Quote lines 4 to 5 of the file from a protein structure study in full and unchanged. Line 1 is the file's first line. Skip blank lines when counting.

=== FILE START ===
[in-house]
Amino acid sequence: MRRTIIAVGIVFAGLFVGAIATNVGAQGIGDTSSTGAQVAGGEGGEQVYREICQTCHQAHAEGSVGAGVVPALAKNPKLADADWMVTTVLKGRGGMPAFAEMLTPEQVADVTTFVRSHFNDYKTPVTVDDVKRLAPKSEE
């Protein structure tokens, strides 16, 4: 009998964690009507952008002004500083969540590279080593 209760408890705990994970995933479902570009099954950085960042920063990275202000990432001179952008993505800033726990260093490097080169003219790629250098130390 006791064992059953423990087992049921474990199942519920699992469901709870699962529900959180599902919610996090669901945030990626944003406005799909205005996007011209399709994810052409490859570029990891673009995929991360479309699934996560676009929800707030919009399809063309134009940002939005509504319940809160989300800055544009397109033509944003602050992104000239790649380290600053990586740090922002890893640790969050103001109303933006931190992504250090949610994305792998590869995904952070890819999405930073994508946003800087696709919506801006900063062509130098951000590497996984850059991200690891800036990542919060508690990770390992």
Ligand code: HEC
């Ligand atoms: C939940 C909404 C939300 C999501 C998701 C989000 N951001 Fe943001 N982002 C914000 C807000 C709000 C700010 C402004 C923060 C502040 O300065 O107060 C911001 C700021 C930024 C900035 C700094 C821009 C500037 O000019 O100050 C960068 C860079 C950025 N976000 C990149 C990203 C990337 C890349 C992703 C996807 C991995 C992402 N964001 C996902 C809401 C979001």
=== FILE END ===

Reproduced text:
Ligand code: HEC
């Ligand atoms: C939940 C909404 C939300 C999501 C998701 C989000 N951001 Fe943001 N982002 C914000 C807000 C709000 C700010 C402004 C923060 C502040 O300065 O107060 C911001 C700021 C930024 C900035 C700094 C821009 C500037 O000019 O100050 C960068 C860079 C950025 N976000 C990149 C990203 C990337 C890349 C992703 C996807 C991995 C992402 N964001 C996902 C809401 C979001």